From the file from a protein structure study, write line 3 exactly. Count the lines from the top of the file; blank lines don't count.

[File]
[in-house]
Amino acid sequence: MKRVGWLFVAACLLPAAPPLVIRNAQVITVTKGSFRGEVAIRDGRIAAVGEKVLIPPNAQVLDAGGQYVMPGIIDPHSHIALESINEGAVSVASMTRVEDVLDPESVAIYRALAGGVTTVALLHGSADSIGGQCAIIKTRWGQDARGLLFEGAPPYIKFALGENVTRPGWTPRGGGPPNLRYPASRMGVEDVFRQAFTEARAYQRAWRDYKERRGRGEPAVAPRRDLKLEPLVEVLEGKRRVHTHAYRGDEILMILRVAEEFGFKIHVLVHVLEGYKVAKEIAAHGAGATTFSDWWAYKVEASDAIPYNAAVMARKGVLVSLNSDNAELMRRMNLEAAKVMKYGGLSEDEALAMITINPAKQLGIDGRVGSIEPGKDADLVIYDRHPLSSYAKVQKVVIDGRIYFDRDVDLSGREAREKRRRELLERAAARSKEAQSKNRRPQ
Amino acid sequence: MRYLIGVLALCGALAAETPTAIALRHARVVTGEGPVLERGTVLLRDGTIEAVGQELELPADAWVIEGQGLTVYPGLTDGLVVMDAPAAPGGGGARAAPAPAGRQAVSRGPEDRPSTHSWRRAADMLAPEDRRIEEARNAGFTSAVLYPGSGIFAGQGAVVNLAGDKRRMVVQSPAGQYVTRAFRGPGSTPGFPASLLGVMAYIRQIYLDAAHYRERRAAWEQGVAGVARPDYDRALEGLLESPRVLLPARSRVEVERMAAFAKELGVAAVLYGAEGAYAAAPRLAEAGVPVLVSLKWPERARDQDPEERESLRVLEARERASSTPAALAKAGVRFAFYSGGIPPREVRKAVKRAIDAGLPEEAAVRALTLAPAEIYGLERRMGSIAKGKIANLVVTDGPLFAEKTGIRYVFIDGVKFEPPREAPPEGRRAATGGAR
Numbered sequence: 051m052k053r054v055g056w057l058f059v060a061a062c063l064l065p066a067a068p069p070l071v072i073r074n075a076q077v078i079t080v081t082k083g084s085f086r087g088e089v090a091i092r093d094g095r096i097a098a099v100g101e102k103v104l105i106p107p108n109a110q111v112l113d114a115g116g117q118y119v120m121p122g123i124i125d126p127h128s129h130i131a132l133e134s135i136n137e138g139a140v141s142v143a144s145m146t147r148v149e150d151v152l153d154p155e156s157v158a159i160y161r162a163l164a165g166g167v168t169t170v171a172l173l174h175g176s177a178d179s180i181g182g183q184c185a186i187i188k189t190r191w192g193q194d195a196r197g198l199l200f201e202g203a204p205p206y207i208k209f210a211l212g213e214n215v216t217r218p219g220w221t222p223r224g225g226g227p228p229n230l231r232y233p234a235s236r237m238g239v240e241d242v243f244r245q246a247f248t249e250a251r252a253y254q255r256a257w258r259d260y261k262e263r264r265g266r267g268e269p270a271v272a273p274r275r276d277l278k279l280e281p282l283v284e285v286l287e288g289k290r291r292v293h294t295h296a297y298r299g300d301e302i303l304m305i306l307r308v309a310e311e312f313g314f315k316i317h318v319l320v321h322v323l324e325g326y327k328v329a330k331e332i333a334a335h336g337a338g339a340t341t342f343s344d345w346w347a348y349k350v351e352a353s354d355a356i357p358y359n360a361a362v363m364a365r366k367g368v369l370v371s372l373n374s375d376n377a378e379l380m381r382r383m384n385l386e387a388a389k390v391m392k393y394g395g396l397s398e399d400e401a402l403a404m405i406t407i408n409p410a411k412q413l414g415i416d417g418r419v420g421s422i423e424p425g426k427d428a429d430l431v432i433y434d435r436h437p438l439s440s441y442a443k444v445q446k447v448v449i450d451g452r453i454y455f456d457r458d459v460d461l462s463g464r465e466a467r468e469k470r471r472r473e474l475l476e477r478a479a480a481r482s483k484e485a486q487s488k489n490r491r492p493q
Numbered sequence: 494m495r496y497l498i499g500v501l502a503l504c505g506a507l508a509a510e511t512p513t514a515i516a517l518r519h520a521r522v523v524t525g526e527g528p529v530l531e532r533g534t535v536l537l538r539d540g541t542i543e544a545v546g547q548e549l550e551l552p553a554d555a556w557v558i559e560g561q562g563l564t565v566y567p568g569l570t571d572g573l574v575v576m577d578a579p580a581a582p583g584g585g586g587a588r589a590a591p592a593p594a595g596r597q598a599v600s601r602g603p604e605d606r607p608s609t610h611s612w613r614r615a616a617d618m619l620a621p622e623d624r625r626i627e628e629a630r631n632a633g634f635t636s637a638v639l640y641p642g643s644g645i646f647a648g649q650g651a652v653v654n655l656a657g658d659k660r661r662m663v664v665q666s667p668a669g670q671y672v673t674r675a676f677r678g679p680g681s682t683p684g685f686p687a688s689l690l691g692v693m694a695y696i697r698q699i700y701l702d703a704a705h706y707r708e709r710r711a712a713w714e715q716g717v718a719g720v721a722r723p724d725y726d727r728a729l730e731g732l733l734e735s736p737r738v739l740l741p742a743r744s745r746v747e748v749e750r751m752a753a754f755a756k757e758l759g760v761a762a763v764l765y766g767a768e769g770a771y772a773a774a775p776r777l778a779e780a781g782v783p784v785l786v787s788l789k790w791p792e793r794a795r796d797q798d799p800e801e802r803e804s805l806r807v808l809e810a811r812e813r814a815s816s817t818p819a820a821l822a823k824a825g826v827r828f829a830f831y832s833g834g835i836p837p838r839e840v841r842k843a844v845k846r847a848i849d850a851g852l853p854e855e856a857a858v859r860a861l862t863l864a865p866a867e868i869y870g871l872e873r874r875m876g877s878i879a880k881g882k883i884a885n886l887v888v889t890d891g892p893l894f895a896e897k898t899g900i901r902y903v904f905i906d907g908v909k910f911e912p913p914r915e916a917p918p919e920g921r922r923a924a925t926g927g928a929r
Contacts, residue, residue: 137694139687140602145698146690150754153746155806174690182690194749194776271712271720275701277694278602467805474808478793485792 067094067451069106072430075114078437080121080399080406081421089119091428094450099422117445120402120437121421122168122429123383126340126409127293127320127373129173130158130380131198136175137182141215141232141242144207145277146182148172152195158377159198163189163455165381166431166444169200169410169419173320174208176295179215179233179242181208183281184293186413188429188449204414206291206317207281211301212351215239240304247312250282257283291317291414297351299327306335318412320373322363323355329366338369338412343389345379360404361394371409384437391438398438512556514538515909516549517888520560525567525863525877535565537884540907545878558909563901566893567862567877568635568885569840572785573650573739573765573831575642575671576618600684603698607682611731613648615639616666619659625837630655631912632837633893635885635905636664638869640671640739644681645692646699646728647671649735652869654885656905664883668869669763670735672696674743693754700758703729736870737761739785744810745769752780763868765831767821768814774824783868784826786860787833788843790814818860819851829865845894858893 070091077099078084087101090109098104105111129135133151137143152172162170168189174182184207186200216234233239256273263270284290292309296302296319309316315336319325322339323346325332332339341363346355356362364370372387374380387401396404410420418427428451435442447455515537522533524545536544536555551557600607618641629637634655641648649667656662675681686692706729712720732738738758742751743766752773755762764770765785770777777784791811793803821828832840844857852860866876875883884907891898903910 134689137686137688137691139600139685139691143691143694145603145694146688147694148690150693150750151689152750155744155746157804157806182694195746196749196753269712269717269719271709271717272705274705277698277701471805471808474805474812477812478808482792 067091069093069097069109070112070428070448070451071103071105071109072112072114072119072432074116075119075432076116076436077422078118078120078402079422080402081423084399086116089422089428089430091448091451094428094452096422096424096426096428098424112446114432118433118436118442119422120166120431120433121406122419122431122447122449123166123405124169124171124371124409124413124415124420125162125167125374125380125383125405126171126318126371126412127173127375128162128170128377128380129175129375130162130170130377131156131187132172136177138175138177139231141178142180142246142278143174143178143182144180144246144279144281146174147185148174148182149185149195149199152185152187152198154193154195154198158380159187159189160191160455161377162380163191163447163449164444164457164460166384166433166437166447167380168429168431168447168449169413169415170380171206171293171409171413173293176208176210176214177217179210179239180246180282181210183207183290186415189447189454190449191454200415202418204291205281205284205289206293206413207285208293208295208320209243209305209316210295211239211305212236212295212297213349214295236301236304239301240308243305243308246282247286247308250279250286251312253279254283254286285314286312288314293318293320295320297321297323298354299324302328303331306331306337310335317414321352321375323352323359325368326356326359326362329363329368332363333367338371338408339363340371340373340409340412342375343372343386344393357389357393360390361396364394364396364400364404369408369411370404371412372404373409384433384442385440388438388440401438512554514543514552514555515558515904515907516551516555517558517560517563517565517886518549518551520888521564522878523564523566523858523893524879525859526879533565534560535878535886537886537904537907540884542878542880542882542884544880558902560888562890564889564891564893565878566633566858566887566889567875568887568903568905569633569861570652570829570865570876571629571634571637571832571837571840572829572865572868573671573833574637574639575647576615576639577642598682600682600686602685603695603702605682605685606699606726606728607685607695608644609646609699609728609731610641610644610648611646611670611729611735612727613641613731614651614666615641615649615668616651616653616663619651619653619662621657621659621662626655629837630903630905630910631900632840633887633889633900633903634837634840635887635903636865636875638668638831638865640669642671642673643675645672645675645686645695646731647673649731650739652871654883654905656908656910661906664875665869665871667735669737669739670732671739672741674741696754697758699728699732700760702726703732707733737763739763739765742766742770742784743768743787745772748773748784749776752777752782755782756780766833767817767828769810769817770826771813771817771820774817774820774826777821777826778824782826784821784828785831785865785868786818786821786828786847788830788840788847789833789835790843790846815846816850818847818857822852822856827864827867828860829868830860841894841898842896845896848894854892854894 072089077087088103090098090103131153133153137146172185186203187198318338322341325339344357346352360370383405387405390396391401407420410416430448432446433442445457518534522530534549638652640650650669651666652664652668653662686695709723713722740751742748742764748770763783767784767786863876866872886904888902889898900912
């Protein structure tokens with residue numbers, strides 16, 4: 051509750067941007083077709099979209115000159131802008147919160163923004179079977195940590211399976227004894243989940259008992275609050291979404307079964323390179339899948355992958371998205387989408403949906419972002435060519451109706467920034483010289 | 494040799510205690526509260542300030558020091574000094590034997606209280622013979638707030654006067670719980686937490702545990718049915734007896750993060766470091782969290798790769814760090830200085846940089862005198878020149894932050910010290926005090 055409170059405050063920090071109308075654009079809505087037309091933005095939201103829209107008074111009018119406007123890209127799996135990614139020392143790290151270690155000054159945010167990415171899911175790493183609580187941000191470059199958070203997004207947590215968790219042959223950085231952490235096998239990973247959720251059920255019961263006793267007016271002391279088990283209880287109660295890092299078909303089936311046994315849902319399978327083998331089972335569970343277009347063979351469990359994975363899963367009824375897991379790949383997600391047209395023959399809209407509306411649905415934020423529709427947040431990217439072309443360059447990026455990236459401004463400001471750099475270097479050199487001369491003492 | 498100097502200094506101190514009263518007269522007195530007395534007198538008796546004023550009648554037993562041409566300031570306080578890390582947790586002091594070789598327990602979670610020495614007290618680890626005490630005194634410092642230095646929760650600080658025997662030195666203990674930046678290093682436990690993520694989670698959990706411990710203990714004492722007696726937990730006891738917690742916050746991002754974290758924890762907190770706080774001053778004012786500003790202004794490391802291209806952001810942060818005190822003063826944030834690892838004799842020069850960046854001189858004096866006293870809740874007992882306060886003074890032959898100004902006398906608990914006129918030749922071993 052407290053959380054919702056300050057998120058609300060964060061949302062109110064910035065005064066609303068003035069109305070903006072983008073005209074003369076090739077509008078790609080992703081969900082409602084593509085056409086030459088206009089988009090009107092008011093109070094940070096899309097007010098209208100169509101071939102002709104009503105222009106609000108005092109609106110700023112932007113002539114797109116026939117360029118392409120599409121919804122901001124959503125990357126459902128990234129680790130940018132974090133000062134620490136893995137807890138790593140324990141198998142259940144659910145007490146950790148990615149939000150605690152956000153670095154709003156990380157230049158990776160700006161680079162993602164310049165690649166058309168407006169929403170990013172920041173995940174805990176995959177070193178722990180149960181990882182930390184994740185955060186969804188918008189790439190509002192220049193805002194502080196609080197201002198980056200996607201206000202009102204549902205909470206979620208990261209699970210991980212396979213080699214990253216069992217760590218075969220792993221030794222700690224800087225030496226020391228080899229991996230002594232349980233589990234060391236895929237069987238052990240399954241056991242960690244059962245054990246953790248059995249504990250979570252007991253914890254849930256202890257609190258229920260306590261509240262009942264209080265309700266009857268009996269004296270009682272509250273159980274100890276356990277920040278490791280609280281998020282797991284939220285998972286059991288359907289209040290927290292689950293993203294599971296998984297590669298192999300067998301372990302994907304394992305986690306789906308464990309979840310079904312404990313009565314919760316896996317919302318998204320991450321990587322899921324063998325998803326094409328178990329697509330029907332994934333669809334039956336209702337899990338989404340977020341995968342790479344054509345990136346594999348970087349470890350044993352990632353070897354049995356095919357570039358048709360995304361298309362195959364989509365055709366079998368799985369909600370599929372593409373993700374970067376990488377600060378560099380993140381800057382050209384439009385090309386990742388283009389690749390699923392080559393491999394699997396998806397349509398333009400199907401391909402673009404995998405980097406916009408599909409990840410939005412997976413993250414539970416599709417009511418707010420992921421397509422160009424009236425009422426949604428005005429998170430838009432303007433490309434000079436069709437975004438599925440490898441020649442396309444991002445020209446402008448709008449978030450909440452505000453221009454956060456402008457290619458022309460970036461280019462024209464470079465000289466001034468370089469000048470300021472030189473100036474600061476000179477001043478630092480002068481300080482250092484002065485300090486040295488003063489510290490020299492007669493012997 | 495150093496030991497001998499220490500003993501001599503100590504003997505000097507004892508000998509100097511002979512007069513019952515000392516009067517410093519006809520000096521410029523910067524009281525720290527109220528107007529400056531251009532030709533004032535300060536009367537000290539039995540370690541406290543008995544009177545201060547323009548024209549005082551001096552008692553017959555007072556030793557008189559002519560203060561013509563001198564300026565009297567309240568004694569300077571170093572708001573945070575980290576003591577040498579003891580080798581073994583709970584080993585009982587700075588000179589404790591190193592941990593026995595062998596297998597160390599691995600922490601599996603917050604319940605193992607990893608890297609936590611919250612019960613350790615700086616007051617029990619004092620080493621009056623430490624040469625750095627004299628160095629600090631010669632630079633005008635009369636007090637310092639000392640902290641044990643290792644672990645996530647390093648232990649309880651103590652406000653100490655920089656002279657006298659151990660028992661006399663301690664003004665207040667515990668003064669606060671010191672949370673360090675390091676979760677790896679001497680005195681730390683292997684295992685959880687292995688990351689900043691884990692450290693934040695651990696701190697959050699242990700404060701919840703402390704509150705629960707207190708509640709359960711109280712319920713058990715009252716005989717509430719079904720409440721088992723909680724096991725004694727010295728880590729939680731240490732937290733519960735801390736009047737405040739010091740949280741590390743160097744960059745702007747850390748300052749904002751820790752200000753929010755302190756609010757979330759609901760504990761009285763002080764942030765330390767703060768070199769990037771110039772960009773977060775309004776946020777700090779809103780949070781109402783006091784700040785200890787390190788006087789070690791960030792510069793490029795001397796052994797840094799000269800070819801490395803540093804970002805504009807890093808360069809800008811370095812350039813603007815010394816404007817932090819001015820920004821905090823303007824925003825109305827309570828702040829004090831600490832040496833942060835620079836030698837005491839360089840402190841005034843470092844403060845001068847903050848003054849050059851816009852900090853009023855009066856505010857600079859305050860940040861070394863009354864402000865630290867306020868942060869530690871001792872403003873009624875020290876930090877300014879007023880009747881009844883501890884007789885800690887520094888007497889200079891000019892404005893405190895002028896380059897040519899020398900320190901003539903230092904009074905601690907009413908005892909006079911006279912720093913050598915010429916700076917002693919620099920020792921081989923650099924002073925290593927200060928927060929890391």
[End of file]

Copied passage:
Amino acid sequence: MRYLIGVLALCGALAAETPTAIALRHARVVTGEGPVLERGTVLLRDGTIEAVGQELELPADAWVIEGQGLTVYPGLTDGLVVMDAPAAPGGGGARAAPAPAGRQAVSRGPEDRPSTHSWRRAADMLAPEDRRIEEARNAGFTSAVLYPGSGIFAGQGAVVNLAGDKRRMVVQSPAGQYVTRAFRGPGSTPGFPASLLGVMAYIRQIYLDAAHYRERRAAWEQGVAGVARPDYDRALEGLLESPRVLLPARSRVEVERMAAFAKELGVAAVLYGAEGAYAAAPRLAEAGVPVLVSLKWPERARDQDPEERESLRVLEARERASSTPAALAKAGVRFAFYSGGIPPREVRKAVKRAIDAGLPEEAAVRALTLAPAEIYGLERRMGSIAKGKIANLVVTDGPLFAEKTGIRYVFIDGVKFEPPREAPPEGRRAATGGAR